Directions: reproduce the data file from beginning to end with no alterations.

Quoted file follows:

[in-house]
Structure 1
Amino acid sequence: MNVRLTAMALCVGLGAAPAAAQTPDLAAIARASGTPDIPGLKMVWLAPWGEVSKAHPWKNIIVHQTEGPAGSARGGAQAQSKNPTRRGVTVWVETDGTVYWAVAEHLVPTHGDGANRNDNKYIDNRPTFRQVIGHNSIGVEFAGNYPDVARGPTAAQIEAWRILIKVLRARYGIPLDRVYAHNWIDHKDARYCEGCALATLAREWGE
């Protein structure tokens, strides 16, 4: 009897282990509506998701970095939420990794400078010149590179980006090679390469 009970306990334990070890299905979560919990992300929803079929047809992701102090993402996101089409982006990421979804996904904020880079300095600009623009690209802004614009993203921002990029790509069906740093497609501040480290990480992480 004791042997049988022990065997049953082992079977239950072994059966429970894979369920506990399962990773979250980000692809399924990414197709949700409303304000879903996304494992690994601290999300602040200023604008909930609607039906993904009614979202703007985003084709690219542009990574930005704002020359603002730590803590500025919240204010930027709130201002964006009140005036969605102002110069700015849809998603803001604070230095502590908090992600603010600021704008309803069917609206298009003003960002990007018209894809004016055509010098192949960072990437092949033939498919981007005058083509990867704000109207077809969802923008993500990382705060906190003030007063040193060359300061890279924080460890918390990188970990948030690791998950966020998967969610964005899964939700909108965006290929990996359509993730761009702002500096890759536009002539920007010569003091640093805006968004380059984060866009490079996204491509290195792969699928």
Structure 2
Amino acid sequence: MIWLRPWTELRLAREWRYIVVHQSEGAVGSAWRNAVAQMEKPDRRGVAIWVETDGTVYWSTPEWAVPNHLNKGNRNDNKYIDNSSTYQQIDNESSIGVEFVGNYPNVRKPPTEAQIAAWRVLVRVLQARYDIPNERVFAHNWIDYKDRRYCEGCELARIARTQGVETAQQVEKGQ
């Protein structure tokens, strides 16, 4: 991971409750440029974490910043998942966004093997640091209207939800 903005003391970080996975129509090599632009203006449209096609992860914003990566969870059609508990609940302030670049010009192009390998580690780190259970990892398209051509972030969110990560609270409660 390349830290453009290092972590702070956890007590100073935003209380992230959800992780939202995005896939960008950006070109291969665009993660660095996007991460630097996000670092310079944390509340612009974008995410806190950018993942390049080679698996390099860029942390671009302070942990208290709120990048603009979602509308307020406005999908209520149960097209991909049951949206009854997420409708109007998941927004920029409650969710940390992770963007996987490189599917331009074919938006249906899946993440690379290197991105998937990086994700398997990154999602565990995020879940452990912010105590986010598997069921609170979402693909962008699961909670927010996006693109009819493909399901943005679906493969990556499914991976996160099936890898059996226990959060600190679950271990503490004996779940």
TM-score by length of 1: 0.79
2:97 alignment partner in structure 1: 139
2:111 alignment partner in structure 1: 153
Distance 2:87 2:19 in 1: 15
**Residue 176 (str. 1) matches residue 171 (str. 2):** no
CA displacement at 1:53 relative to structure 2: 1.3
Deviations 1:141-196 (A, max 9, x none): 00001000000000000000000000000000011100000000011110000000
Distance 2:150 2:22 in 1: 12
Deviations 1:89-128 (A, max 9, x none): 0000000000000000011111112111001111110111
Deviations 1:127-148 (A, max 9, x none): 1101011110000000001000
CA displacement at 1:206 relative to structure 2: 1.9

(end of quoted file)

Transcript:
[in-house]
Structure 1
Amino acid sequence: MNVRLTAMALCVGLGAAPAAAQTPDLAAIARASGTPDIPGLKMVWLAPWGEVSKAHPWKNIIVHQTEGPAGSARGGAQAQSKNPTRRGVTVWVETDGTVYWAVAEHLVPTHGDGANRNDNKYIDNRPTFRQVIGHNSIGVEFAGNYPDVARGPTAAQIEAWRILIKVLRARYGIPLDRVYAHNWIDHKDARYCEGCALATLAREWGE
């Protein structure tokens, strides 16, 4: 009897282990509506998701970095939420990794400078010149590179980006090679390469 009970306990334990070890299905979560919990992300929803079929047809992701102090993402996101089409982006990421979804996904904020880079300095600009623009690209802004614009993203921002990029790509069906740093497609501040480290990480992480 004791042997049988022990065997049953082992079977239950072994059966429970894979369920506990399962990773979250980000692809399924990414197709949700409303304000879903996304494992690994601290999300602040200023604008909930609607039906993904009614979202703007985003084709690219542009990574930005704002020359603002730590803590500025919240204010930027709130201002964006009140005036969605102002110069700015849809998603803001604070230095502590908090992600603010600021704008309803069917609206298009003003960002990007018209894809004016055509010098192949960072990437092949033939498919981007005058083509990867704000109207077809969802923008993500990382705060906190003030007063040193060359300061890279924080460890918390990188970990948030690791998950966020998967969610964005899964939700909108965006290929990996359509993730761009702002500096890759536009002539920007010569003091640093805006968004380059984060866009490079996204491509290195792969699928």
Structure 2
Amino acid sequence: MIWLRPWTELRLAREWRYIVVHQSEGAVGSAWRNAVAQMEKPDRRGVAIWVETDGTVYWSTPEWAVPNHLNKGNRNDNKYIDNSSTYQQIDNESSIGVEFVGNYPNVRKPPTEAQIAAWRVLVRVLQARYDIPNERVFAHNWIDYKDRRYCEGCELARIARTQGVETAQQVEKGQ
């Protein structure tokens, strides 16, 4: 991971409750440029974490910043998942966004093997640091209207939800 903005003391970080996975129509090599632009203006449209096609992860914003990566969870059609508990609940302030670049010009192009390998580690780190259970990892398209051509972030969110990560609270409660 390349830290453009290092972590702070956890007590100073935003209380992230959800992780939202995005896939960008950006070109291969665009993660660095996007991460630097996000670092310079944390509340612009974008995410806190950018993942390049080679698996390099860029942390671009302070942990208290709120990048603009979602509308307020406005999908209520149960097209991909049951949206009854997420409708109007998941927004920029409650969710940390992770963007996987490189599917331009074919938006249906899946993440690379290197991105998937990086994700398997990154999602565990995020879940452990912010105590986010598997069921609170979402693909962008699961909670927010996006693109009819493909399901943005679906493969990556499914991976996160099936890898059996226990959060600190679950271990503490004996779940």
TM-score by length of 1: 0.79
2:97 alignment partner in structure 1: 139
2:111 alignment partner in structure 1: 153
Distance 2:87 2:19 in 1: 15
**Residue 176 (str. 1) matches residue 171 (str. 2):** no
CA displacement at 1:53 relative to structure 2: 1.3
Deviations 1:141-196 (A, max 9, x none): 00001000000000000000000000000000011100000000011110000000
Distance 2:150 2:22 in 1: 12
Deviations 1:89-128 (A, max 9, x none): 0000000000000000011111112111001111110111
Deviations 1:127-148 (A, max 9, x none): 1101011110000000001000
CA displacement at 1:206 relative to structure 2: 1.9